…That’s true with deposit profitability too. Especially when it involves how to translate deposit profitability numbers into more profit at your bank.

    Take a look at this graph showing individual account profitability starting from most profitable to least profitable.

    The 3 groups shown in the picture require very different handling. Let’s go through them 1 by 1.

    • Group 1 on the left includes your very highest profit accounts. Not only are they individually very profitable but they aggregate into over 100% of your bank’s total profit. You know how to handle them…Individual personal attention designed to further build your relationships. If you double their profit you will double the bank’s profit.
    • Group 2 on the right is the other extreme. They are the handful of your largest individual money losing unprofitable accounts. They also require individual attention to uncover and correct whatever is causing their lack of profitability (often excessive, expensive transactions not properly priced).
    • Group 3 contains the overwhelming majority of all your accounts. They fluctuate from profitable to unprofitable and include a lot of marginal accounts. There’s only 1 way to appropriately manage this many different accounts and that’s via account type changes.

    We’ll talk about that next time.

    What next?

    Results Concept. Word on Folder Register of Card Index. Selective Focus.-1What next?

    We’ve calculated our deposit profitability numbers and produced instrument-specific detailed P&L statements on each and every deposit account. Now what?

    Start with “Four Ds” segmentation based upon profit (vertical axis) and balance (horizontal axis) for each account. Make a simple 4 quadrant segmentation as follows:
    • Q1 is closest to the origin. Q1 has below-target profit and balances. We must decide how to fix Q1.
    • Q2 has higher balances but doesn’t meet our profit targets. We need to detect the cause and correct it.
    • Q3 meets our profit target despite having small balances. We want to develop Q3. They already earn profit for us so our goal is to grow their balances.
    • Q4 are our favorite accounts with both higher profits and balances. We want to defend these key relationships at all costs.

    Add the “Q-score” to your customer record and your client-facing staff can start using profit to make better decisions starting immediately.

    If someone walks into the bank requesting a price concession your rep looks them up on the system to see what sort of balances they carry. If they have big balances everything is set up to grant their request. But if they are a “Q2” (substandard profits despite higher balances) your staff might push back against that request.

    Stop treating everyone the same

    Hand with marker writing the word Do You Know Your Customers?Stop treating everyone the same.

    Some bank customers are better than others. And by better I mean more profitable. It’s time to start treating your customers based on their profitability.

    Businesses all across America do this. Airlines, grocers, pharmacies, casinos, restaurants…even the local sandwich shop. They reward their most profitable customers with extras and bonuses just for them. And they motivate and cajole their less profitable customers to prod them towards higher profitability.

    You should do the same at your bank.

    Make sure you endlessly reward your most profitable customers. And relentlessly push your less profitable customers toward higher profits. Simply by focusing on profitability you will improve it.

    But there’s just one problem…

    …You don’t know their profitability.

    Without knowing their profitability you risk rewarding and penalizing the wrong customers. That’s counterproductive.

    Don’t worry. This is easy to fix.

    Unlike all those other businesses you already have all the data you need buried deep within your core system. While you’ve been focused on other things your core system has been silently capturing all the customer data you need.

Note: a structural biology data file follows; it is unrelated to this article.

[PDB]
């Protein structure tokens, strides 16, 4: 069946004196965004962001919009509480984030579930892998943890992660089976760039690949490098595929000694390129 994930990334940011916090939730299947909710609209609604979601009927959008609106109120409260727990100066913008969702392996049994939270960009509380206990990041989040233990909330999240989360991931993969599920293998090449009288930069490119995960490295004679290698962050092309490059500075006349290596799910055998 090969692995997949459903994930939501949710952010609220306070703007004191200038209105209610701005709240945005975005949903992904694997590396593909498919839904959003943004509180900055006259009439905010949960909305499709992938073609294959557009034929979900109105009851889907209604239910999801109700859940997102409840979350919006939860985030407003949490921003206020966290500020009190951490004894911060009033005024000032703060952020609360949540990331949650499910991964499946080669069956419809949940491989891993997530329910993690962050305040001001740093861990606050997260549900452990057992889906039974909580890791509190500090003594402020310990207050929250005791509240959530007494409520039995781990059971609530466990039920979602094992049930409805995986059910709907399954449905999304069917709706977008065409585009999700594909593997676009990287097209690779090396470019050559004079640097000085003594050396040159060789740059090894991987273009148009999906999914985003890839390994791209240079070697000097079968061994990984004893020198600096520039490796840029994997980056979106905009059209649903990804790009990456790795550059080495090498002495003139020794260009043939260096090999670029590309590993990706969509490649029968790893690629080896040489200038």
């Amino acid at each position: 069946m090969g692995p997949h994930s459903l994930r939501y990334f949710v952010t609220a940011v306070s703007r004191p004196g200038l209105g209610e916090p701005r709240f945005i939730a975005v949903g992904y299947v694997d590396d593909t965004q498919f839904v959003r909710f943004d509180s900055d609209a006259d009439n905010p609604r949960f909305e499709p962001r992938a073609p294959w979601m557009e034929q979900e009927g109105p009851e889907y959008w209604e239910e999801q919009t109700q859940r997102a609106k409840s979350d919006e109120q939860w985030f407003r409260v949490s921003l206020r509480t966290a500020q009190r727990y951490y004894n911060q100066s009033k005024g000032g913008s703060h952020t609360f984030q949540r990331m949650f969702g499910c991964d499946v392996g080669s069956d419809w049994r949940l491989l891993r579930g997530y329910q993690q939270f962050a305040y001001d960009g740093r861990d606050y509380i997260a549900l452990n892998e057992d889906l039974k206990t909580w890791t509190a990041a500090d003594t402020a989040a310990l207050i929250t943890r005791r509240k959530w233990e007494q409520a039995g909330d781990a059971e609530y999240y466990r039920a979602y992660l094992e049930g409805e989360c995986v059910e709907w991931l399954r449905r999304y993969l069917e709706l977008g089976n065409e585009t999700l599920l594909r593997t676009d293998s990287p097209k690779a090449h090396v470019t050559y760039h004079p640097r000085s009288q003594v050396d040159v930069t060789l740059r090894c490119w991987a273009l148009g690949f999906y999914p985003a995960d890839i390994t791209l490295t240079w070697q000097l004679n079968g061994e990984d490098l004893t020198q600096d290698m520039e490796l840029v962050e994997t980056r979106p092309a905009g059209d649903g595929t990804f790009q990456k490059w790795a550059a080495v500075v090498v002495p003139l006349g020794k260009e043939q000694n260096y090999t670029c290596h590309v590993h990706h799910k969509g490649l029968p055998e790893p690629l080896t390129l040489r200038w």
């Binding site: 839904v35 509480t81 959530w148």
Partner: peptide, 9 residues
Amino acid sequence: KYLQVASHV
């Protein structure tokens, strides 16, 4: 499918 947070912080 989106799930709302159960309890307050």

It’s an easy next step to use it to calculate detailed instrument-specific P&L statements on each and every account.

    New accounts don’t add promised profits

    Piggy bank broken with money inside on white backgroundNew accounts don’t add promised profits.

    Too many bankers fall for the siren song of the new account conjurer. Why? Because we associate balances with profits and the number of new accounts is a metric that is measurable. We do the flawed math in our heads and expect newfound deposit riches.

    So although 50%+ of our deposits are unprofitable, we think spending money to get more of the same kinds of deposits will deliver improved profits. Or that paying expensive deposits rewards (to get customers to do more of what they already want to do) on pricey small accounts will result in greater profitability.

    What happens? The final results never quite match the front end promises.

    The reality is that unless you change your approach you’ll be locked into unprofitable deposits forever.

    You need a new target. Don’t just look for new deposits…Look for new profitable deposits based on the exact characteristics of your existing profitable customers.

    Start by measuring instrument-specific deposit profitability for each and every account. Then closely examine your profitable accounts for the specific behaviors that drive their profitability.

    Find more like them and you’ve got a good chance to beat the odds and add more profits instead of just adding more accounts.

    Don’t mistake balances for profits

    Blue & Yellow Tape MeasureDon’t mistake balances for profits.

    It’s easy to do. We’re so used to thinking of deposits using an aggregate measure like balances. We convince ourselves that balances are the be-all and end-all of deposits. As if balances told the whole story.

    The only problem is it’s just not true.

    Balances measure deposit quantity while profits measure deposit quality. I don’t know about you but I’d choose more profits over more balances any day. After all we can always get more funding but we can’t always whip up more profits.

    In a perfect world high balances would mean high profits, but we’re not living in a perfect world.

    Instead we’re in a world where bank staff rushes to offer price concessions to big depositors while depositors drop excessive numbers of high-cost transactions on us. Sometimes they work hard just to keep us from earning a fair profit.

    What’s a banker to do?

    The answer is to calculate instrument-specific P&L statements on each and every account. That way you’ll know on the front end just how profitable (or not) any given customer is.

    Once you know their profitability it’s a small step to knowing exactly how to handle almost any customer situation. With better info bankers make better decisions.

    Do you want to grow your bank profits with little to no risk? Click Here to  Discover How